Google provided these examples

In web jargon, an "interstitial" ad is one that blocks all or most of the content you're trying to look at. They're extremely annoying and are among the most hated type of advertising -- especially when they're on wireless sites.

It's not just consumers who are annoyed. Google is giving publishers until Jan. 10 to get rid of interstiatials or suffer the consequences, which presumably would mean reduced search rankings.

"Google's goal has always been to take their users from A to B as quickly as possible, in a way that best satisfies a user's search intent – basically, 'here is your answer,'" said Mike Dobbs, VP of SEO at the trade conference 360i, according to a report in AdAge.

Dobbs said such ads are "intrusive" and can "create a poor user experience."

Some exceptions 

In a blog post, Google said there are exceptions, including interstitials to verify people's ages, dialogues to sign into a paywall, and banners that use "a reasonable amount of screen space."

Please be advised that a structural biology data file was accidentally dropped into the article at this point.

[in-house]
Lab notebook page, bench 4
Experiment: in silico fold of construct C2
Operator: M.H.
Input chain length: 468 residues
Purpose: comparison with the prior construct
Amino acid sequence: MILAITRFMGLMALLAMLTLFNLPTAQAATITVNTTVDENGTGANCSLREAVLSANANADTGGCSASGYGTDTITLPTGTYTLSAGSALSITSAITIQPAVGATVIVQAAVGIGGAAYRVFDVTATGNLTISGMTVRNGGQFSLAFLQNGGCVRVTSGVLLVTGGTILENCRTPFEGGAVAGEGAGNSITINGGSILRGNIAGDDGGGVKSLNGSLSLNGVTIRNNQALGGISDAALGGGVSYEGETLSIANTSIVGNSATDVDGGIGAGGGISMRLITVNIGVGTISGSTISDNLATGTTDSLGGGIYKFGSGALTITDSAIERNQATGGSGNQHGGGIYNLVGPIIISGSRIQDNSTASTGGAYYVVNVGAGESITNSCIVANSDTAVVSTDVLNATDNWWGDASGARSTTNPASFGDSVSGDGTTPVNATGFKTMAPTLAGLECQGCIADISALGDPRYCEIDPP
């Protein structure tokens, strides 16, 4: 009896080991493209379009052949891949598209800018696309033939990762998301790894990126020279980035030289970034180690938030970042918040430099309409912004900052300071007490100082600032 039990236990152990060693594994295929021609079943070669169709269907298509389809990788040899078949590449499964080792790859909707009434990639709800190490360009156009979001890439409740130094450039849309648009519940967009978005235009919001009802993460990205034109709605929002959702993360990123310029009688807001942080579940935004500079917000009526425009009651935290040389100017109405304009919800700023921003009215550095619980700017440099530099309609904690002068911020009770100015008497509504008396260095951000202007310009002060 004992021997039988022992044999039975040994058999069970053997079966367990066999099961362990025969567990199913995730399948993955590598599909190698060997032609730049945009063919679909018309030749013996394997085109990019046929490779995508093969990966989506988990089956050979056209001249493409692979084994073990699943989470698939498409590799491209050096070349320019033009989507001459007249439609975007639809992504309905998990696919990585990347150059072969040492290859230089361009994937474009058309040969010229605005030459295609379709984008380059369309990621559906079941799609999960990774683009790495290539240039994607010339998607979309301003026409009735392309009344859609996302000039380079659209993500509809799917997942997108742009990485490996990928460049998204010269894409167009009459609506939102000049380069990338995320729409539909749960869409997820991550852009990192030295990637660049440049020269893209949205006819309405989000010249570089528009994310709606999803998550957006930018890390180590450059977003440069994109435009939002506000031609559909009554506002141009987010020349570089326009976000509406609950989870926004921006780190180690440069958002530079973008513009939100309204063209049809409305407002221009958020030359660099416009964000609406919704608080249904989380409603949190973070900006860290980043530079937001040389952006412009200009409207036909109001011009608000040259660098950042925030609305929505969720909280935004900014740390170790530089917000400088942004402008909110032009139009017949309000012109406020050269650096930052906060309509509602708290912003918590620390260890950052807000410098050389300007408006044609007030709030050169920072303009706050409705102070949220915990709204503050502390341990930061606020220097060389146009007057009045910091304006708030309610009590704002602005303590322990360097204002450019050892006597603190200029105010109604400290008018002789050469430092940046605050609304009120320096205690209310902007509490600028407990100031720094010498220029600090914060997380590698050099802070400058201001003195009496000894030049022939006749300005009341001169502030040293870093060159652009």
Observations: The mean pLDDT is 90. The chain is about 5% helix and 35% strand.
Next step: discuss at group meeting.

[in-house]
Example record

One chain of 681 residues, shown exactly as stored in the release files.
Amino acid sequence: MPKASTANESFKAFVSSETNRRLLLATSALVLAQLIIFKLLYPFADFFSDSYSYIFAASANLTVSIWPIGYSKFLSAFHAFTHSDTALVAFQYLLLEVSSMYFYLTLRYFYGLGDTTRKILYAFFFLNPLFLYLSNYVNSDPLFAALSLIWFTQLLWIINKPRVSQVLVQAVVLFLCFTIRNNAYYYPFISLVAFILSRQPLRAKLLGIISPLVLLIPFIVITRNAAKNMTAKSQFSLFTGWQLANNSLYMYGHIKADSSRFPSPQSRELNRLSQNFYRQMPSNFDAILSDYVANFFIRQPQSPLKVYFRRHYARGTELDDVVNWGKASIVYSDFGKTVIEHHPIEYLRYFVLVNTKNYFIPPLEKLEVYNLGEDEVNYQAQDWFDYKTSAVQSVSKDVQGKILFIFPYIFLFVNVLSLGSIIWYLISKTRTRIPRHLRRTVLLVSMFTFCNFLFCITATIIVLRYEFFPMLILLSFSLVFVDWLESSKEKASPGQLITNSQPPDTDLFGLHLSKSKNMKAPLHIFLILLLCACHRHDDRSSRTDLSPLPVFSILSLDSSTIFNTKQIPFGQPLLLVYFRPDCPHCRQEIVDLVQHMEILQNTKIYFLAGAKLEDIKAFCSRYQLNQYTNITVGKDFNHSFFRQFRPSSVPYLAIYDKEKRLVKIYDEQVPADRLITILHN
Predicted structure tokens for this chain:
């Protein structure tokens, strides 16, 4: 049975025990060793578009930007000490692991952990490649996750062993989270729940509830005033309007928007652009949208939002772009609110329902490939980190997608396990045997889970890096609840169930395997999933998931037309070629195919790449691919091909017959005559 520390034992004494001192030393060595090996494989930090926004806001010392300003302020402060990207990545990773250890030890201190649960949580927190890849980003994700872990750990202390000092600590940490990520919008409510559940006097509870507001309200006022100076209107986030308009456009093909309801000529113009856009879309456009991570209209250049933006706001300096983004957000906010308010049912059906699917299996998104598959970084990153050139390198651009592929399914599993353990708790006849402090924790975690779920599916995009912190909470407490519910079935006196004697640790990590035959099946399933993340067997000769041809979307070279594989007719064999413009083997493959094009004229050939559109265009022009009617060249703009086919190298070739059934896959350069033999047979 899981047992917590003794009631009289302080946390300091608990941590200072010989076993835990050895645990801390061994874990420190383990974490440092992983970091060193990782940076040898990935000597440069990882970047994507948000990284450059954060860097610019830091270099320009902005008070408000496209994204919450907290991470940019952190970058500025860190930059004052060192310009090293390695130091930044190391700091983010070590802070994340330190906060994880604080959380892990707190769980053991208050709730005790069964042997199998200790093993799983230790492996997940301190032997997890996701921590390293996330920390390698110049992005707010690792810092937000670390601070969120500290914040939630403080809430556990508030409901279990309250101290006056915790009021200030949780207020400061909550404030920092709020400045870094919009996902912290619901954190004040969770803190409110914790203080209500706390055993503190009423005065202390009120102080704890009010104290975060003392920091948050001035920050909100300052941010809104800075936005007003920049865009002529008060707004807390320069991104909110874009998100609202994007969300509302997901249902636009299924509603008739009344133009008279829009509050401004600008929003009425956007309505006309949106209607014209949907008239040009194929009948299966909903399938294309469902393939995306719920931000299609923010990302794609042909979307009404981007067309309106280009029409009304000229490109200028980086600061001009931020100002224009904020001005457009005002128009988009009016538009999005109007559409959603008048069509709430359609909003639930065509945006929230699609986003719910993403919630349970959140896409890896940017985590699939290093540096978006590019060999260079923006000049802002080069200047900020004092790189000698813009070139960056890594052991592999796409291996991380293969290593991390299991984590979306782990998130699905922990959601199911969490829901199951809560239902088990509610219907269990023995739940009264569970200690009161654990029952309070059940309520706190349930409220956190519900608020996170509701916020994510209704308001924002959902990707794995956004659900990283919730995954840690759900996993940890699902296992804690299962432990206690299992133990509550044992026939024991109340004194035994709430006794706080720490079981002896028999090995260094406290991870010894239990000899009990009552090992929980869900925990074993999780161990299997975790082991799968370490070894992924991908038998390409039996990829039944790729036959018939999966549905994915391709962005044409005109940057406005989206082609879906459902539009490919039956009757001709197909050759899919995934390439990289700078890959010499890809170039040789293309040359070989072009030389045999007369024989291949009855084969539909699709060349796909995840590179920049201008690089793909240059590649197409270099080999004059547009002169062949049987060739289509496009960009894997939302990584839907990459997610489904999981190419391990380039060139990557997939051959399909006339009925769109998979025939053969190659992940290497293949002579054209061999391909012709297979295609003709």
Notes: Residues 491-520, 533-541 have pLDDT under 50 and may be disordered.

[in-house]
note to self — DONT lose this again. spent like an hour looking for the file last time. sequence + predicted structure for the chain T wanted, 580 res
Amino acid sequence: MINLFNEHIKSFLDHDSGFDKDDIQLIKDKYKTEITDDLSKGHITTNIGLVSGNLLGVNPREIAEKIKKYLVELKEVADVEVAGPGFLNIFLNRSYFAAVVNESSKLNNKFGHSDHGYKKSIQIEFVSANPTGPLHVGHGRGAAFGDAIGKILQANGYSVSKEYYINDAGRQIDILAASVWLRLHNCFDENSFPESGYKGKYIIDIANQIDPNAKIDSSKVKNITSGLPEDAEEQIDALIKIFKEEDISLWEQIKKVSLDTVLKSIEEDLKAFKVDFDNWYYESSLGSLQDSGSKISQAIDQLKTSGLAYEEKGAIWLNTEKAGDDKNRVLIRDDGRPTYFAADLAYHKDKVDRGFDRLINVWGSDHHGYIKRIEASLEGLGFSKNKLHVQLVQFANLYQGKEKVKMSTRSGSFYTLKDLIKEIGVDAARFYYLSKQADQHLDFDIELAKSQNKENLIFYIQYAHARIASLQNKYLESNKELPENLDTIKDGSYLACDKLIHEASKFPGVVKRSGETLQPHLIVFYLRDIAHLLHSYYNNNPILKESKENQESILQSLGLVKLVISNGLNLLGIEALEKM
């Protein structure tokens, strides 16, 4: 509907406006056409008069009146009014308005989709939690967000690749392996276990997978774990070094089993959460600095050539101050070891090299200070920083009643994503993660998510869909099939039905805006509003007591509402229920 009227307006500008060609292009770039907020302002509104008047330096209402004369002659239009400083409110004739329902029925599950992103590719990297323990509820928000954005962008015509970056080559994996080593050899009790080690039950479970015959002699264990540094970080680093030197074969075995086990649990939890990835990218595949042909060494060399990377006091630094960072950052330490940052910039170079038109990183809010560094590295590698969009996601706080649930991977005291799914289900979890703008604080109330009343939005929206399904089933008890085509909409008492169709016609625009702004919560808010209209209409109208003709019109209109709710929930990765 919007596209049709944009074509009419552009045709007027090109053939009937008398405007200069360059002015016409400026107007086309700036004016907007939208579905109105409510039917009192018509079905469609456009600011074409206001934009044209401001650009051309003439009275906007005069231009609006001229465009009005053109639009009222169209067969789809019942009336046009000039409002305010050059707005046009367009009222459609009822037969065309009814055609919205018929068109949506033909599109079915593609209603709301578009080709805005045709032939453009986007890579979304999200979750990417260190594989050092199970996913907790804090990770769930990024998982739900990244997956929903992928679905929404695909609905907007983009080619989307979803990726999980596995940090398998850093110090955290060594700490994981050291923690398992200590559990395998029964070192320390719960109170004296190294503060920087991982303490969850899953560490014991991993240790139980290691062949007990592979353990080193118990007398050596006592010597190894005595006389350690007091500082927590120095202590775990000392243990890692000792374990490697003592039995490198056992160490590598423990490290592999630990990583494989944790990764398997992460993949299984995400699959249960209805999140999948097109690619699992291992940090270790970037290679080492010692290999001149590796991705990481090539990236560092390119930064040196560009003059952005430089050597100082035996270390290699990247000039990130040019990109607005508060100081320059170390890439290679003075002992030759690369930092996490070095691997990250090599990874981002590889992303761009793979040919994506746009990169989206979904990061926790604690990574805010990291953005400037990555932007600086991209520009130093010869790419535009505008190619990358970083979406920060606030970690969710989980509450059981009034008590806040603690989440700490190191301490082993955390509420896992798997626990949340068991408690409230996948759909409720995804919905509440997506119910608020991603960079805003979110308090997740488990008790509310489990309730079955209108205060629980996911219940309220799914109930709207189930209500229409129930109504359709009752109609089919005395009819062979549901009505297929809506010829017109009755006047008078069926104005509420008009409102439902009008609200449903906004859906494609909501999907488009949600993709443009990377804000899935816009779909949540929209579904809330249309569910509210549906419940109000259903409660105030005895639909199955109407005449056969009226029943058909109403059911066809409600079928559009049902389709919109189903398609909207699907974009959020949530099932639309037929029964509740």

Advertising executives and marketers are generally on board with the change, especially given the growing use of ad-blockers, which strike fear and loathing into the hearts of ad execs.

However, not everyone thinks Google should be the web's standard-setter.

"Many publishers and marketers using interstitials already feel Google meddles with their consumer relationships and of course, don't like that Google is in a position to be judge, jury and executioner," said Kevin Lee, executive chairman and co-founder of Didit, a full-service digital agency that specializes in search, AdAge reported.

Others noted that Google itself serves full-page interstitial ads on its AdMob mobile app advertising network, though perhaps it won't be doing so by next January.

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